China Unification Promotion Party (CUPP) Chairman Chang An-le (張安樂), also known as “White Wolf,” yesterday led hundreds of people to the Democratic Progressive Party (DPP) headquarters in Taipei, calling on president-elect Tsai Ing-wen (蔡英文) to accept the so-called “1992 consensus.”
A majority of the crowd wore black vests with red collars and imprinted with the names of the CUPP’s so-called “party branches,” which are associated with martial arts institutions. They rallied outside the DPP headquarters in the afternoon.
Chang called on Tsai to accept the “1992 consensus” in order to protect “Taiwan’s happiness,” and added that the Chinese market would be open to Taiwan only if the “1992 consensus” is accepted.
Photo: Chu Pei-hsiung, Taipei Times
“There would be no service trade agreement or trade in goods agreement [with China] without the ‘1992 consensus;’ I hope [Tsai] hears us: we hope that the good foundation established in the past eight years is not destroyed in one night,” he said.
While the “1992 consensus” and cross-strait peace were highlighted during the event, the party’s Facebook page and news release for the event both said that the “1992 consensus” and the “one China, same interpretation” principle should be “firmly guarded in order to guarantee Taiwan’s happiness and keep war at bay.”
Some people held placards that read, “One China across the Strait for peaceful development,” while others carried the People’s Republic of China flag.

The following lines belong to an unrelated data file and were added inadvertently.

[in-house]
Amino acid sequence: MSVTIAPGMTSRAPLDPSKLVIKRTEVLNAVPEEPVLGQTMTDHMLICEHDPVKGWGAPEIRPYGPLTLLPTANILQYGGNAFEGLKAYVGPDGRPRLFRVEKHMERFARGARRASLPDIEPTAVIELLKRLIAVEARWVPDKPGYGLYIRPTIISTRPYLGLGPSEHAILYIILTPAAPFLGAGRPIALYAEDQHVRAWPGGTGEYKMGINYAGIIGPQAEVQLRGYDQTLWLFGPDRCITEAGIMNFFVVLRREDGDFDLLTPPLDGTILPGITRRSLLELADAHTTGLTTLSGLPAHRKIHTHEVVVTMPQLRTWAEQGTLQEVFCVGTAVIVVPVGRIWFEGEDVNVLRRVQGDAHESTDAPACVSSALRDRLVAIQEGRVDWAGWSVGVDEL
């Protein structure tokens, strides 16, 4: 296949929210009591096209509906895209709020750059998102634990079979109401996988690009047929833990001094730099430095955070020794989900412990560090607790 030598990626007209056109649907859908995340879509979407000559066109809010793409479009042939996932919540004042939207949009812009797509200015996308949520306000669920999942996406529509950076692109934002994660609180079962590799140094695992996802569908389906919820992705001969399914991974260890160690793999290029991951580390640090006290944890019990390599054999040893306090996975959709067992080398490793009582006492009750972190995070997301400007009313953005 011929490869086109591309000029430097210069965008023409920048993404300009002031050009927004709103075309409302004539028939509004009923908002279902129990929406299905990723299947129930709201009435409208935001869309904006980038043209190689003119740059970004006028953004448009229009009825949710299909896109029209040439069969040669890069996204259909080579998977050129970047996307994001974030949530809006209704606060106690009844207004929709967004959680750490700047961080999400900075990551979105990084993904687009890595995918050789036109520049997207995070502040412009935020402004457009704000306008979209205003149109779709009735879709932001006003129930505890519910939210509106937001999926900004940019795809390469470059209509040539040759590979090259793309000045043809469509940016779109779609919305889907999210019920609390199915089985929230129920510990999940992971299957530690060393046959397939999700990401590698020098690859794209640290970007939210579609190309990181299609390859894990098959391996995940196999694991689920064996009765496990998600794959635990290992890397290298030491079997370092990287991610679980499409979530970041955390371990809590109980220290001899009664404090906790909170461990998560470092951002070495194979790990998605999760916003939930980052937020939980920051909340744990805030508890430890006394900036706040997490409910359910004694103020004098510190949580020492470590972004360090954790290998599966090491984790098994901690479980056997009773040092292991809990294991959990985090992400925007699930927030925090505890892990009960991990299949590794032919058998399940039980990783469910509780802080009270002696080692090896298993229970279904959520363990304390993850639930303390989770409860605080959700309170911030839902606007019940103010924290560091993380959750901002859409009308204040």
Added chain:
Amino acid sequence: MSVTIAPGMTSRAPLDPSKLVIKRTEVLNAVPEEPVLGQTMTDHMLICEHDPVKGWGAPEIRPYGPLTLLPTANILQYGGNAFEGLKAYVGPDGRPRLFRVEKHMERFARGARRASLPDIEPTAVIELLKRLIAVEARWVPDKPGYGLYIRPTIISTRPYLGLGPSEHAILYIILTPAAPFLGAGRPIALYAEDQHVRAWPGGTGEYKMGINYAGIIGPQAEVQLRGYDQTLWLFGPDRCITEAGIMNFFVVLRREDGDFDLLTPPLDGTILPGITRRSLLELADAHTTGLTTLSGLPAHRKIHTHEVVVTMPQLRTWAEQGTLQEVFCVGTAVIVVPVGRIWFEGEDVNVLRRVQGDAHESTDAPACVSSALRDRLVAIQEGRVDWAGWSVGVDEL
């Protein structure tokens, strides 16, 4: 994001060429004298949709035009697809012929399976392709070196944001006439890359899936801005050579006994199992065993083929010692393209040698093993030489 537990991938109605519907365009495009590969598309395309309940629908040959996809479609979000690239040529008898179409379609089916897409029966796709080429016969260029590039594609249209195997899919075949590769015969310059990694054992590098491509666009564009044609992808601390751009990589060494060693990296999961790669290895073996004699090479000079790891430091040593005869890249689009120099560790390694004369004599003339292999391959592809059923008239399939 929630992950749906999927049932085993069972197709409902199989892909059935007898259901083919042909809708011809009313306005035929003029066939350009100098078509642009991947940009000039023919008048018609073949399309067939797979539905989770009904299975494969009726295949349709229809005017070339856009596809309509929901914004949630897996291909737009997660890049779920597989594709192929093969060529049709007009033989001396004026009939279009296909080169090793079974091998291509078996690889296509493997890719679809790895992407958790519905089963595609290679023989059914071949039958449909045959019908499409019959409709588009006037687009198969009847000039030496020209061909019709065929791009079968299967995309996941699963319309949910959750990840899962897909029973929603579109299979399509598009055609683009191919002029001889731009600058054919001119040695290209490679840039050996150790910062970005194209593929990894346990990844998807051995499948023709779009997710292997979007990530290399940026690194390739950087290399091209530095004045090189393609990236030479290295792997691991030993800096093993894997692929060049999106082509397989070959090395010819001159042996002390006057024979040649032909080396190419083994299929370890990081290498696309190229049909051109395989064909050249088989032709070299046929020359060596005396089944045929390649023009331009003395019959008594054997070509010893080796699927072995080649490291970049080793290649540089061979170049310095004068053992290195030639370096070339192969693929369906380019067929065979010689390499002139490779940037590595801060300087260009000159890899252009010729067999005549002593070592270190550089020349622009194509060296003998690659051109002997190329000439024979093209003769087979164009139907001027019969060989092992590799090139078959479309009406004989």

New Party spokesman Wang Ping-chung (王炳忠) said “political scams” are to be opposed.
“If the new government wishes for Taiwan’s [formal] independence, it should say it clearly and loudly; if it wishes to maintain the ‘status quo,’ it should face the ‘1992 consensus’ squarely rather than only paying lip service,” Wang said.
He said that demonstrations would not be restricted to pro-unification in the future, but also support for Taiwan’s de jure independence.
An Internet user wrote about the rally on the Professional Technology Temple (PTT) — a popular bulletin board Web site — alleging that he was paid NT$500 for showing up at the rally and said that many that attended were likewise paid, attaching photographs of the event showing uniform vest embroidered with the name of the CUPP. Some questioned the authenticity of the post.
The so-called “1992 consensus,” a term former Mainland Affairs Council chairman Su Chi (蘇起) admitted making up in 2000, refers to a tacit understanding between the Chinese Nationalist Party (KMT) and the Chinese government that both sides of the Taiwan Strait acknowledge there is “one China,” with each side having its own interpretation of what “China” means.
Chang in an interview with Chinese media Phoenix Satellite Television that aired on Sunday said that there are only two choices for Taiwan: “One country, two systems” or military takeover and control [by the Chinese government]; and it would be better to have the former rather than the latter.”
Chinese President Xi Jinping (習近平) is aware that Beijing’s treatment of Hong Kong has weakened any possible sentiment for a “one country, two systems” arrangement for Taiwan, and has instructed Chinese Communist Party (CCP) politburo member Wang Huning (王滬寧) to develop new ways of defining cross-strait relations, Japanese news magazine Nikkei Asia reported on Thursday. A former professor of international politics at Fu Dan University, Wang is expected to develop a dialogue that could serve as the foundation for cross-strait unification, and Xi plans to use the framework to support a fourth term as president, Nikkei Asia quoted an anonymous source
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